The little word “no” is an interesting one. Kids are usually around two or so when they discover the power of this word. It represents the prospect of autonomy, my right to assert myself against someone else’s instructions, suggestions, or rulings. There is power there. There are my rights, as an individual. There is so much more there than these two measly letters might suggest.
And quite soon, I also learn the multitudes of control, authority, and manipulation that the use or restriction of this word holds. Quite possibly, I learn that the circumstances in which I am allowed to use it are a select few. I learn that others might read a ton of meaning into my “no” that it does not in fact have, and that because of that, it might offend, insult, aggravate, annoy, or provoke the recipient. With time, my autonomy and right to say no gets curtailed by all these complicated, and societally almost agreed-upon, interpretations that it gets inflicted with.
Getting our “no” in a twist
Most people will recognise some of this. And as a result, we have the most conflicting relationship with “no”. Maybe we daren’t say it. Or when we need and dare to, we might feel we have to justify it with explanations, excuses, or even lies; or that we get downright resentful at the cheek of this person daring to suggest something that forces us to “be the bad person”. Or, if it’s easy for us to say no, we might believe this comes with a concession that we are, in fact, often “a bad person” for doing so. We might feel we can say no, but that we have to whip up some anger to get the necessary oomph for it to be taken seriously. Or we might find ourselves trying to say no, maybe even getting the word out, and then ending up doing what the other person wanted anyway.
Measuring outcomes with a mistaken yardstick
Also, it’s very easy (and it really is overall where inner work is concerned) to rank how we are doing by other people’s reactions: if they react well, I did it well; if they react badly, I did it badly. So, we might unconsciously or even consciously expect the other person to accept or even approve of our “no”. What we might not realise is that this is not fair at all; while we have the right to express our own wishes and say no to what we do not want, they, too, have rights — including the right to be disappointed or even resentful of us for doing so.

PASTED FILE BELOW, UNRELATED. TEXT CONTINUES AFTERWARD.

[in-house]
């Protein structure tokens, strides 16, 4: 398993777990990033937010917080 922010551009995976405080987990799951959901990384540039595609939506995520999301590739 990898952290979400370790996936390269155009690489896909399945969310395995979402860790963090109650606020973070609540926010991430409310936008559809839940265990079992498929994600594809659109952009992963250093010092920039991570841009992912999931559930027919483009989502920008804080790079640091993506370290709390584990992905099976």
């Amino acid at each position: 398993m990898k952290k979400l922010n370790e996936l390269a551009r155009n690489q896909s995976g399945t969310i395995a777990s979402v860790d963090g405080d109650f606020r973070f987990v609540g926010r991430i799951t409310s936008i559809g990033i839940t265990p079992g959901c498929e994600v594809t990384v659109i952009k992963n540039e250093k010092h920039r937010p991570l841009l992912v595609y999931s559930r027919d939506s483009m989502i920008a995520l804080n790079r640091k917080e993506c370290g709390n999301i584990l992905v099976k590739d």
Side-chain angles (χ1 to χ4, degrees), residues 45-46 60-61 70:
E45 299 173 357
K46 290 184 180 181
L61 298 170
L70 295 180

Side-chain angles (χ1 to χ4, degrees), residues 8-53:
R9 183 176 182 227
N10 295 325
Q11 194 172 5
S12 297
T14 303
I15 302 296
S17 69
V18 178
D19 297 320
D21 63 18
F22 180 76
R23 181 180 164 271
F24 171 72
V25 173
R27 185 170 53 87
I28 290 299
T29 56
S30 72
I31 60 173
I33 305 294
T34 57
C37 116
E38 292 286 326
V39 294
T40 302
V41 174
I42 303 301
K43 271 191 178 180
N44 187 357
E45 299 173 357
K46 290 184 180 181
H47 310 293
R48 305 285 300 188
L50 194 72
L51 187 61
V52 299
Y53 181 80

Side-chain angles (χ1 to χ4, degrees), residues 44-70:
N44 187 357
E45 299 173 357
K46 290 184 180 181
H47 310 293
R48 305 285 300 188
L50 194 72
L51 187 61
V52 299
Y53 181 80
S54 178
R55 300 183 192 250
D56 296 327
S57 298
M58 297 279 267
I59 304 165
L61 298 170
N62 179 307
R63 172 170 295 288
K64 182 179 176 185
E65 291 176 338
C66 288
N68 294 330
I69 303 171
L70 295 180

And no, I’m not saying that these would be mature or enlightened reactions — but an unfortunate part of inner growth is that even though we are working through things and being brave and stepping out of our comfort zone, others are not obliged to do the same, or at the same pace, or on the same topics. They are still allowed to react however they please (or however they are incapable of not reacting). They do, in fact, not owe us Perfect Balance.
Normally, of course, we mostly realise this. But when we DO step out of the zone and it all starts getting to be a bit much, sometimes the idea that at least if they love us, they should be on their best behaviour is so compelling that we will need to be reminded that it’s not quite true 😊.
Being the bad guy
As for me, I didn’t find it very hard to say no. But in my early twenties, I noticed that in some cases, I really resented the person for asking me something — like, “Can I come, too?” If I did not want that, I sort of felt they made me look like a ahole for asking and “forcing me” to say so. This fact, of course, meant I didn’t “own it” very successfully, on an energy level. I said no, but also felt really pissed that I had to.
See — there are so many interesting opportunities to get all manner of clothing into a twist over this little word, whether we manage to actually say it or not. My point is, most of us have hang-ups around the word ”no” — even those of us who gladly use the word — and these might be more multi-layered and complicated than we have realised.
Owning my inner responses lets me own my choices
And sometimes, it is complicated. We might not exactly want to rush to somebody’s aid in a particular situation, and doing so will be a real pain in the neck — but we want even less to leave our friend on the side of the road with a flat (or whatever the case may be), so we step up and do it anyway. But if we know why we choose to do whatever we choose to do, it’s less likely we will do so moaning and complaining and feeling manipulated, coerced, or even forced into doing it. Because, in all likelihood and most of the time, this is not the case. Unless someone holds a gun to our head (in which case, it’s still our choice to accommodate them, but I’d say it’s quite possibly an intelligent one), we are the ones choosing. So we might as well make ourselves aware of our true motivations.
Like with all instinctual responses, of course, it’s not like we have to honour them. We can listen to emotional responses, too. And we can most certainly weigh options logically. But when we notice our ”yes/no” barometer in the first place, and when we allow space for our emotions to be heard, this gives us the opportunity to choose more wholeheartedly ❤️